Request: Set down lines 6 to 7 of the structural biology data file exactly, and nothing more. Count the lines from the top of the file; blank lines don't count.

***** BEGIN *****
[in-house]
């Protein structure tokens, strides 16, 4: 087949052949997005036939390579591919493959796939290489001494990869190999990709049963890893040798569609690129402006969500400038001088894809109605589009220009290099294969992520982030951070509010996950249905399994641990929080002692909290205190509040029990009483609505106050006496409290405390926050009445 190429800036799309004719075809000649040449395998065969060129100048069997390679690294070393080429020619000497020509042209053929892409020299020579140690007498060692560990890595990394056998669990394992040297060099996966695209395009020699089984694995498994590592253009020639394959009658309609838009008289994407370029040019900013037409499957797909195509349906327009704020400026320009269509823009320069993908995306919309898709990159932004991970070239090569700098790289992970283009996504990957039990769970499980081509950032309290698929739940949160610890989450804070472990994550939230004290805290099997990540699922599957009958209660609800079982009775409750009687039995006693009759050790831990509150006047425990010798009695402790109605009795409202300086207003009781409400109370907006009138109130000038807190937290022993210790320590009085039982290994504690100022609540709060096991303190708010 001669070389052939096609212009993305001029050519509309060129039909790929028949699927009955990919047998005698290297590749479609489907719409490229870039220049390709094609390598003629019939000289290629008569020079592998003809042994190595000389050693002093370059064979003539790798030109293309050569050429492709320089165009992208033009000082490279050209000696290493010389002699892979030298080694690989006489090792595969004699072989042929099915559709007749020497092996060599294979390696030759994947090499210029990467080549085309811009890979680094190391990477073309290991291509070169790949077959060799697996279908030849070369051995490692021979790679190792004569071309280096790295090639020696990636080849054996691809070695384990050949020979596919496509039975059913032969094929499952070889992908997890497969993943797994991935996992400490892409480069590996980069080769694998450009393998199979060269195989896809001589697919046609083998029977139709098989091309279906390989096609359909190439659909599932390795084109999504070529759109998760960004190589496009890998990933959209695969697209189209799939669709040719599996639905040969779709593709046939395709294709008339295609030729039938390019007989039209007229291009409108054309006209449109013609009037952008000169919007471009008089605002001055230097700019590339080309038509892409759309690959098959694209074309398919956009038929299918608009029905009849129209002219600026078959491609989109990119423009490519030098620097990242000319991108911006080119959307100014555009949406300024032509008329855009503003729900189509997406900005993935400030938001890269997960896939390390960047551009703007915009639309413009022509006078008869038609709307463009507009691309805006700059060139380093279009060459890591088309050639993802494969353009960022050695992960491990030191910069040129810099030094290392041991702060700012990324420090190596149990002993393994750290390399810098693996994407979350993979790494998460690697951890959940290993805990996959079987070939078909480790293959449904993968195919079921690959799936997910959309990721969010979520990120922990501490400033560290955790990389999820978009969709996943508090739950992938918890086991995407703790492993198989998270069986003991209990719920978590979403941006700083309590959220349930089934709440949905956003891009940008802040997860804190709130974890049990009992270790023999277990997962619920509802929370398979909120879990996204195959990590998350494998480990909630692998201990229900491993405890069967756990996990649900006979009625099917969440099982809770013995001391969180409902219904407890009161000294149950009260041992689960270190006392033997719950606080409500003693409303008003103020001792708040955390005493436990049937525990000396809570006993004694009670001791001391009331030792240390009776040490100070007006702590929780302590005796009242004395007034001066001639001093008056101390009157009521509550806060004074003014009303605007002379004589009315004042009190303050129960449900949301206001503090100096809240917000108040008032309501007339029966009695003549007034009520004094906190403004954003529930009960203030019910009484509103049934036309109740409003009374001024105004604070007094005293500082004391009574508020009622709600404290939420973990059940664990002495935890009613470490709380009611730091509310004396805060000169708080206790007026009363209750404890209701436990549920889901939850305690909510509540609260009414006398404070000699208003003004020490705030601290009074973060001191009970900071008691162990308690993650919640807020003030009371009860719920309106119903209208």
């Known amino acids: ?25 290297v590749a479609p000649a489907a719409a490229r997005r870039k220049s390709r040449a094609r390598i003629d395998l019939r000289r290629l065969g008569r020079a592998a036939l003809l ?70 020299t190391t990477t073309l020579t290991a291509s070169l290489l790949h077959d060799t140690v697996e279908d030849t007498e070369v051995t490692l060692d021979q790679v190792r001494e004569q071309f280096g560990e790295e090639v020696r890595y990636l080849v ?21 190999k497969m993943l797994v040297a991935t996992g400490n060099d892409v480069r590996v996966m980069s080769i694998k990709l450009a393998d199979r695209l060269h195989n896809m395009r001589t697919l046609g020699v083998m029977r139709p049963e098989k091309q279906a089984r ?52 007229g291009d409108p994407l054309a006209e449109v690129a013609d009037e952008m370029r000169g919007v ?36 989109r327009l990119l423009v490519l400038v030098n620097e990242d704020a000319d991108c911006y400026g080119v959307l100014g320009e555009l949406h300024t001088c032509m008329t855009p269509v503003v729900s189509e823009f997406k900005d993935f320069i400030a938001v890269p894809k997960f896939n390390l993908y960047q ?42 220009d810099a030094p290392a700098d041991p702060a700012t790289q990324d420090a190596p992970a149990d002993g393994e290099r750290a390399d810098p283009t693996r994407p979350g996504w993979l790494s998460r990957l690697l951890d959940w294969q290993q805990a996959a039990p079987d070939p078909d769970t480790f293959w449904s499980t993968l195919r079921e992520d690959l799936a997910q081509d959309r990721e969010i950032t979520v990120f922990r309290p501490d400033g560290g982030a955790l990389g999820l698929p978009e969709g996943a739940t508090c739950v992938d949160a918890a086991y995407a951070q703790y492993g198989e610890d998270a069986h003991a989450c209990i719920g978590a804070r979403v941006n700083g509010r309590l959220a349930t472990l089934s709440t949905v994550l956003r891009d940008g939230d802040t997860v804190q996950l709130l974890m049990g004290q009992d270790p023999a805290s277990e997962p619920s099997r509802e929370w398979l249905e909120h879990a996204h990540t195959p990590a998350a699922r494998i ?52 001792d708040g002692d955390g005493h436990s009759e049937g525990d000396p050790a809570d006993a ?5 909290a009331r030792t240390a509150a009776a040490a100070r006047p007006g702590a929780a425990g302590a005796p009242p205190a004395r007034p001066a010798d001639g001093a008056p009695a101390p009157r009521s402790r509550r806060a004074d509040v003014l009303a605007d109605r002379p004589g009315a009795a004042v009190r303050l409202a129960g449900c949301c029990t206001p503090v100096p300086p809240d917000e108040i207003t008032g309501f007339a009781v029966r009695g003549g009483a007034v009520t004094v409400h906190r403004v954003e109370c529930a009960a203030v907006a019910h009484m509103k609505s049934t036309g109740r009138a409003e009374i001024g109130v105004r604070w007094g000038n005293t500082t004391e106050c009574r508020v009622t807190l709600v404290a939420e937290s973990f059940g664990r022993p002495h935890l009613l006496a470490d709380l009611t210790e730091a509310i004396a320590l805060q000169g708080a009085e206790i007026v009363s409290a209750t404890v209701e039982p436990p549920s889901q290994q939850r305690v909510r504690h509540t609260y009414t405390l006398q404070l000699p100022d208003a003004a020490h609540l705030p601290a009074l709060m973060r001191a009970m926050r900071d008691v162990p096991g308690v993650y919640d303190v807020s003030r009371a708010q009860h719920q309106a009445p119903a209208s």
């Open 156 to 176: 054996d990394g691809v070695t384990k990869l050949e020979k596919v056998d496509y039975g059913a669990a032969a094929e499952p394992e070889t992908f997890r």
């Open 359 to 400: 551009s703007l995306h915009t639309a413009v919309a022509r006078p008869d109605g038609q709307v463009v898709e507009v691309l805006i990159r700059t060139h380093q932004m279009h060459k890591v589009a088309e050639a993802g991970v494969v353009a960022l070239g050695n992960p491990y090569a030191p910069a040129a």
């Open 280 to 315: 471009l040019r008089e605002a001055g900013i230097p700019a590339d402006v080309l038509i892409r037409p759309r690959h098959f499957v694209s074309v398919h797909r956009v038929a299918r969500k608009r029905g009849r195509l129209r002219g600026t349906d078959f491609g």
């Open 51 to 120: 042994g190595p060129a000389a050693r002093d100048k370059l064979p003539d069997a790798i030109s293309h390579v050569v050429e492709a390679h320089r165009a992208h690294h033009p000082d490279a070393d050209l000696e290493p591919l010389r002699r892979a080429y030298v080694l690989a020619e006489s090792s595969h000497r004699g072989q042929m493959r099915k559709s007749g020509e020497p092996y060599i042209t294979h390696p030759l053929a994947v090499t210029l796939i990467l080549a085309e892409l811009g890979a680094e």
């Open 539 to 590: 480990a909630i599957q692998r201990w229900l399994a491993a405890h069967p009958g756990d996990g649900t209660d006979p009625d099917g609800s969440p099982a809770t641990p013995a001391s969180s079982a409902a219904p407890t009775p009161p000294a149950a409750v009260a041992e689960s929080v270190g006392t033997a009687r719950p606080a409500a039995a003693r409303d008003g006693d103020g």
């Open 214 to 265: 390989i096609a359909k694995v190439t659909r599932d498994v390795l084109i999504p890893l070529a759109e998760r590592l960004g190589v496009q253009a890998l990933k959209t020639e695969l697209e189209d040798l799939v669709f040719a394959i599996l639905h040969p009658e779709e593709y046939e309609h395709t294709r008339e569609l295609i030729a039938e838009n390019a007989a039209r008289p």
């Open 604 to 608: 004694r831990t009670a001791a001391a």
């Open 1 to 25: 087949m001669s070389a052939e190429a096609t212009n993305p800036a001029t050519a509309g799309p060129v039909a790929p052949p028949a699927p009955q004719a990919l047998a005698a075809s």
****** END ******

């Open 280 to 315: 471009l040019r008089e605002a001055g900013i230097p700019a590339d402006v080309l038509i892409r037409p759309r690959h098959f499957v694209s074309v398919h797909r956009v038929a299918r969500k608009r029905g009849r195509l129209r002219g600026t349906d078959f491609g």
């Open 51 to 120: 042994g190595p060129a000389a050693r002093d100048k370059l064979p003539d069997a790798i030109s293309h390579v050569v050429e492709a390679h320089r165009a992208h690294h033009p000082d490279a070393d050209l000696e290493p591919l010389r002699r892979a080429y030298v080694l690989a020619e006489s090792s595969h000497r004699g072989q042929m493959r099915k559709s007749g020509e020497p092996y060599i042209t294979h390696p030759l053929a994947v090499t210029l796939i990467l080549a085309e892409l811009g890979a680094e």